WA Encounters MRSA for a Second Time in a Year

Josh Rosenstein, Staff Writer

On October 12, an email from superintendent, Everett Olsen, was sent to WA parents concerning the diagnosis of MRSA in a Westford Academy student.

Methicillin-resistant Staphylococcus aureus, or MRSA, is a bacteria that is resistant to many different antibiotics. The bacteria can cause infections, especially skin infections.

The recent emergence of MRSA is not new to Westford Academy. This is the second instance of the infection at the school in just over a year. Last year, at almost exactly the same time, several students at WA were diagnosed with MRSA.

“MRSA’s everywhere. It can be anywhere, it’s just how you react, and how your immune system [reacts] to treatment,” school nurse, Kathy Bourdeau said.

Superintendent Olsen addressed the issue of MRSA in his email, and explained that the faculty at Westford Academy is aware of the issue and is working to prevent the spread of the infection.

“It has recently come to our attention that one of our students at Westford Academy has been diagnosed with Methicillin-resistant Staphylococcus aureus (MRSA). […] Westford Academy understands the urgency in addressing the MRSA infection immediately, and will continue to disinfect locker rooms, gym mats and equipment. In addition, all coaches are reviewing with their athletes the signs and symptoms, as well as methods to prevent MRSA infections,” Olsen stated in his email.

Olsen also attached in his email two links to websites which provide information on MRSA. Both websites offer descriptions on the infection, as well as how to treat it.

“Treatment for MRSA skin infections may include having a healthcare professional drain the infection and, in some cases, prescribe an antibiotic,” one of Olsen’s two links, the MRSA Fact Sheet, stated.

Faculty, students, and family members must be aware of methods used to prevent themselves from getting MRSA, as well as ways to prevent the spread of the infection.

“It goes right back to the basics. Really good hand washing after you come out of bathrooms. […] When you’re in the locker rooms, not sharing equipment, not sharing water bottles, not sharing anything that’s in contact with somebody else’s things. And keeping yourself showered and clean everyday,” Bourdeau said.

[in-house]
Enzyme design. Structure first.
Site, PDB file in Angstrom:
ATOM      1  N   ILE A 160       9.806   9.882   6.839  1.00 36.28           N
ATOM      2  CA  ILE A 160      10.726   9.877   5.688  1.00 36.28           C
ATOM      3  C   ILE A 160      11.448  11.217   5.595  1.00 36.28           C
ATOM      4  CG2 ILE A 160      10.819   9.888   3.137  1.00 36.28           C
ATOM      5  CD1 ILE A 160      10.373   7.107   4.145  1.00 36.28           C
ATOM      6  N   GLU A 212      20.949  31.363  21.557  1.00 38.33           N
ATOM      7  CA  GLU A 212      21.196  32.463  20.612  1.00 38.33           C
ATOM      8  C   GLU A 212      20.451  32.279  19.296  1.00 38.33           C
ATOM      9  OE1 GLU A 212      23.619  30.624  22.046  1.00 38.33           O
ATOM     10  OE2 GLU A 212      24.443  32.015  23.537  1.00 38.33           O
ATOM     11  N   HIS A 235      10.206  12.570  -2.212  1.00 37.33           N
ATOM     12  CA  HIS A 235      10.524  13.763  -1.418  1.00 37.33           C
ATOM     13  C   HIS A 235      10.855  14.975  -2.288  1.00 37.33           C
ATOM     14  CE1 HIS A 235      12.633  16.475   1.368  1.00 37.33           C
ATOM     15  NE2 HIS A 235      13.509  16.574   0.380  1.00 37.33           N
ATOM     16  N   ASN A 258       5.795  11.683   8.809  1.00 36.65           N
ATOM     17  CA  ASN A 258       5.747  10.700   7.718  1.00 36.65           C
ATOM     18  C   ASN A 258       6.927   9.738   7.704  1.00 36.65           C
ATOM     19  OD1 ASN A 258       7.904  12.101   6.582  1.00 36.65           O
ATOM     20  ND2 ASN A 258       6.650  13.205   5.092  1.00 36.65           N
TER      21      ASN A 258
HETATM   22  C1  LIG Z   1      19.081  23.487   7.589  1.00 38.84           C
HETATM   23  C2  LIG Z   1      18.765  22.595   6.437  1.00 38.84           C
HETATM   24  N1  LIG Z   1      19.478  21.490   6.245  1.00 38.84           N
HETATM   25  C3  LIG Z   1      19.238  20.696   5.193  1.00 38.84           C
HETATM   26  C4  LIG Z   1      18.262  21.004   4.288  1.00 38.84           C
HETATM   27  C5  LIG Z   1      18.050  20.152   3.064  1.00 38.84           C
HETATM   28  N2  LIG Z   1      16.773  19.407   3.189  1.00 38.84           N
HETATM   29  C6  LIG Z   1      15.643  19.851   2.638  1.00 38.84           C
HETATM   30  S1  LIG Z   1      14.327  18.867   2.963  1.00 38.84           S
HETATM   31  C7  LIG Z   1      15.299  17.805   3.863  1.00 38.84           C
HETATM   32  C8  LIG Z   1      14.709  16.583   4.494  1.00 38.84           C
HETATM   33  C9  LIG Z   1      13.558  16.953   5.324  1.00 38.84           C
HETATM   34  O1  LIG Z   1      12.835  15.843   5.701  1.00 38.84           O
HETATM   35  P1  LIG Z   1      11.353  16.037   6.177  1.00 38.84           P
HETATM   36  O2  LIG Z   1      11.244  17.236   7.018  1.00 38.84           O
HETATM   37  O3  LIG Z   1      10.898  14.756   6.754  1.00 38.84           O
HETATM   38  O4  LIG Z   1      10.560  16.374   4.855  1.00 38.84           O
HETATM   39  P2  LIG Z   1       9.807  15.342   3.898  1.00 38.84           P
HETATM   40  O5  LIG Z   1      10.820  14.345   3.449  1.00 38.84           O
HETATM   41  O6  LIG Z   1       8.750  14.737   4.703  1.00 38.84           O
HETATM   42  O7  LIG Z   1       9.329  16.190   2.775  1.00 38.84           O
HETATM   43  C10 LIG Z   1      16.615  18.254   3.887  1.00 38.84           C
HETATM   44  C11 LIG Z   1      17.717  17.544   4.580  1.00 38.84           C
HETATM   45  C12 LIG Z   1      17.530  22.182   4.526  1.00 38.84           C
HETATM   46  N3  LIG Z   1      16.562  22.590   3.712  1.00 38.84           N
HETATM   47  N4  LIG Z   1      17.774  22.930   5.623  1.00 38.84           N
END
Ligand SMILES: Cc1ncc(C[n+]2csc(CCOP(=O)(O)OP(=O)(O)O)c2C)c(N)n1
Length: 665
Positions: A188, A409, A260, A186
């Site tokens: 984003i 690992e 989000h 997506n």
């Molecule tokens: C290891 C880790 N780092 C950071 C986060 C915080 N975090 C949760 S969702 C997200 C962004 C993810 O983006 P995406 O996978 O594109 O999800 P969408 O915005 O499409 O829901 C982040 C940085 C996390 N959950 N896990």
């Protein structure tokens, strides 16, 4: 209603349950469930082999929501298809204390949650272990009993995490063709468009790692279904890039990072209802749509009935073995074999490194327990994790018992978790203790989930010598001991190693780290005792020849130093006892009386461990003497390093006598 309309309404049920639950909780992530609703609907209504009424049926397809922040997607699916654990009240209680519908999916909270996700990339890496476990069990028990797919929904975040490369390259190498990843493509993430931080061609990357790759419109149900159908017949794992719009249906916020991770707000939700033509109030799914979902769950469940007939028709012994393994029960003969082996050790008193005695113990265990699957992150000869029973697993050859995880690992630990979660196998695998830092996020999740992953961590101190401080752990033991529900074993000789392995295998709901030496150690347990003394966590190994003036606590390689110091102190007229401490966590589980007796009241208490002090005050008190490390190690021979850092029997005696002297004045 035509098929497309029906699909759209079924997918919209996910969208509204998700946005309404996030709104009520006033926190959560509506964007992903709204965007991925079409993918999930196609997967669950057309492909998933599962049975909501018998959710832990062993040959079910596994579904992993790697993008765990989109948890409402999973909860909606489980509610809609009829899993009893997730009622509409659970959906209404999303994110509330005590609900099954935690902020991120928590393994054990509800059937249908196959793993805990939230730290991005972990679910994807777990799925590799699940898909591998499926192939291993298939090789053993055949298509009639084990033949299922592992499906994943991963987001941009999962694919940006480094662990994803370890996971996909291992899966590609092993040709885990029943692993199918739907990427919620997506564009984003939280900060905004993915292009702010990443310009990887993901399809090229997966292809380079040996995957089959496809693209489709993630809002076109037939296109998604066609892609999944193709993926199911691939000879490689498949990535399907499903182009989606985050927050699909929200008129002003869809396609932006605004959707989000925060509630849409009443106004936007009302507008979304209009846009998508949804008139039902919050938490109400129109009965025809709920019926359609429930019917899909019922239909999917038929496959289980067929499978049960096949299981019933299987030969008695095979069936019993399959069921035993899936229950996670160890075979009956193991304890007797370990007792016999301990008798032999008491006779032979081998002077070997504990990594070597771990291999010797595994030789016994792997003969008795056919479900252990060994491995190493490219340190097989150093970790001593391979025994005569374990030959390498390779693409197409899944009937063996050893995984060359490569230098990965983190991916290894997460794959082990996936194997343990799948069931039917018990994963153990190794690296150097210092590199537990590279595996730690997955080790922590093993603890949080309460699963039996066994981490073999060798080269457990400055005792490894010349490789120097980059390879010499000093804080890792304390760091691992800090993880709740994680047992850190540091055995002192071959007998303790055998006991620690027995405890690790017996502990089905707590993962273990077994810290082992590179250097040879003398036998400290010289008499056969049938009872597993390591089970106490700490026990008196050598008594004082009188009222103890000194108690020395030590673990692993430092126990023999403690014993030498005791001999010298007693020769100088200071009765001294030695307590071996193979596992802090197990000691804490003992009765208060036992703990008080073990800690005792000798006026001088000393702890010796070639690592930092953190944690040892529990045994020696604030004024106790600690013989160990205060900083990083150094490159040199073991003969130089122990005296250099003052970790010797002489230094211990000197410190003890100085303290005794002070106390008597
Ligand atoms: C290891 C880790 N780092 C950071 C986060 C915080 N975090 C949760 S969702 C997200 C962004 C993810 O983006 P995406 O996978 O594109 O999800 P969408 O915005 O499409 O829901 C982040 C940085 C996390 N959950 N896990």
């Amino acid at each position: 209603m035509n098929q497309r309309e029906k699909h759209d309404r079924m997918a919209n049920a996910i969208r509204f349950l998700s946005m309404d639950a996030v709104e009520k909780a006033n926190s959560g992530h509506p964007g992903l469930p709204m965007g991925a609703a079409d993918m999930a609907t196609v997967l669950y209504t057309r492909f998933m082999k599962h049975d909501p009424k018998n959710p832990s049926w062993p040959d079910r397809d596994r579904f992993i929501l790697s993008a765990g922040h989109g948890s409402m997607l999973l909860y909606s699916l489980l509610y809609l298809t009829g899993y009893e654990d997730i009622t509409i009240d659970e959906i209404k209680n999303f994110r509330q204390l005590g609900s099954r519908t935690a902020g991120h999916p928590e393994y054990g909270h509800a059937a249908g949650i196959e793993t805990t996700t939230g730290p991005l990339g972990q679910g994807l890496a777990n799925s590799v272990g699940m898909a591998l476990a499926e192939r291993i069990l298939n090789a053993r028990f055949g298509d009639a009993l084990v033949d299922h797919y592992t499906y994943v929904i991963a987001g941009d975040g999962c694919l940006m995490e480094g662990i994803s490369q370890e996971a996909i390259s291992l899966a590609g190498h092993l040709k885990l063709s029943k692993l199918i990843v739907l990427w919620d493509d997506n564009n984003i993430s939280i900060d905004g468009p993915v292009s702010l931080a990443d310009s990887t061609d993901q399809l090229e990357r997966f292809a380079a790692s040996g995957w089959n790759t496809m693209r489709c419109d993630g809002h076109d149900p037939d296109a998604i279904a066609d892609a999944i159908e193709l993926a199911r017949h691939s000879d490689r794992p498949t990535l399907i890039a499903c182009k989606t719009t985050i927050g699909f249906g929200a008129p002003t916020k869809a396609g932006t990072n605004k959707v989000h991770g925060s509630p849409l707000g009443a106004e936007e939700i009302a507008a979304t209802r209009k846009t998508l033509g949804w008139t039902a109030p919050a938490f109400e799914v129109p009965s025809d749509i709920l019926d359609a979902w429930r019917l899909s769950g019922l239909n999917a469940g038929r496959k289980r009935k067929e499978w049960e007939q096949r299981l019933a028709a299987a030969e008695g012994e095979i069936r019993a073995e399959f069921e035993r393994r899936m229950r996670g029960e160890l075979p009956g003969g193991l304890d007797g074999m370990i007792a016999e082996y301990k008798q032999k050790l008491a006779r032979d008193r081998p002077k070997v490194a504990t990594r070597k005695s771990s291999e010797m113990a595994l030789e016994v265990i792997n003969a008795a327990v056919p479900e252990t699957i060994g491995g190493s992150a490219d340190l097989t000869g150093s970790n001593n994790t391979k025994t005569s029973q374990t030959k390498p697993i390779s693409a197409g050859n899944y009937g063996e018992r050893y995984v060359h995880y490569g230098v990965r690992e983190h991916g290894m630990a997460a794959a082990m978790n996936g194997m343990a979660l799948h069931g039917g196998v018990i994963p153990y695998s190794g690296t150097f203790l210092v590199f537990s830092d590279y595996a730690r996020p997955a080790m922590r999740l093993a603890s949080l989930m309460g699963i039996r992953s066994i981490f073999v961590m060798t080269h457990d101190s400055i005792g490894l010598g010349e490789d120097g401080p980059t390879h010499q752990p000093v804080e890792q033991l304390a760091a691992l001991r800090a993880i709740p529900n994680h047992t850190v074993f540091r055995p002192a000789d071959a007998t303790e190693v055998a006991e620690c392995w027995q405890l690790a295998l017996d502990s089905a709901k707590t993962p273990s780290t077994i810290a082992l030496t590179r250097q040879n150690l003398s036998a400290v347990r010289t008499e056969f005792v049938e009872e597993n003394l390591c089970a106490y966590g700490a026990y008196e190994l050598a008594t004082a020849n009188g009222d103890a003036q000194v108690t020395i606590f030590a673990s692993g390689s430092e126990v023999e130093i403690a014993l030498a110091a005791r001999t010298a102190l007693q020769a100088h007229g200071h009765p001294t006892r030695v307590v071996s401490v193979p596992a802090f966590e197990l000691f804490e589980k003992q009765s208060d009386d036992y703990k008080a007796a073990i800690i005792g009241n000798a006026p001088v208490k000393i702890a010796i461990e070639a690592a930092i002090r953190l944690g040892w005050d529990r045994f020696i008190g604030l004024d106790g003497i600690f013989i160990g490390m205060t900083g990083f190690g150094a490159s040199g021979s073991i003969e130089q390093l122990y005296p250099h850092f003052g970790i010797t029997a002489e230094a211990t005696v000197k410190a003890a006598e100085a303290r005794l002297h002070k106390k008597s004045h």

The MRSA Fact Sheet also provides useful information on how to protect yourself and others from getting skin infections.

“Know the signs of MRSA skin infections and get treated early. Keep cuts and scrapes clean and covered. Encourage good hygiene such as cleaning hands regularly. Discourage sharing of personal items such as towels and razors,” the MRSA Fact Sheet stated.

At Westford Academy, the nurses have already helped a student with the infection. The work they do may seem simple, but it is extremely important and cannot be looked over.

“We just make sure that the wound is healing okay, or teach them how to do specific wound care, [make sure they] keep it covered, and just make sure the treatment is going well with them,” Bourdeau said.

Students at Westford Academy also need to be informed on how MRSA can be passed from person to person. It spreads through direct contact from someone with the infection to someone without it. It can also be spread through indirect contact, such as sharing the same towel.

Sports occurrences of MRSA are more common due to contact of player to player. Also, MRSA can get in the sweat of a player, which can lead to the infection spreading through touching the sweaty clothes of the infected person.

For more information on MRSA, Westford families can look at the two websites Olsen provided in his email.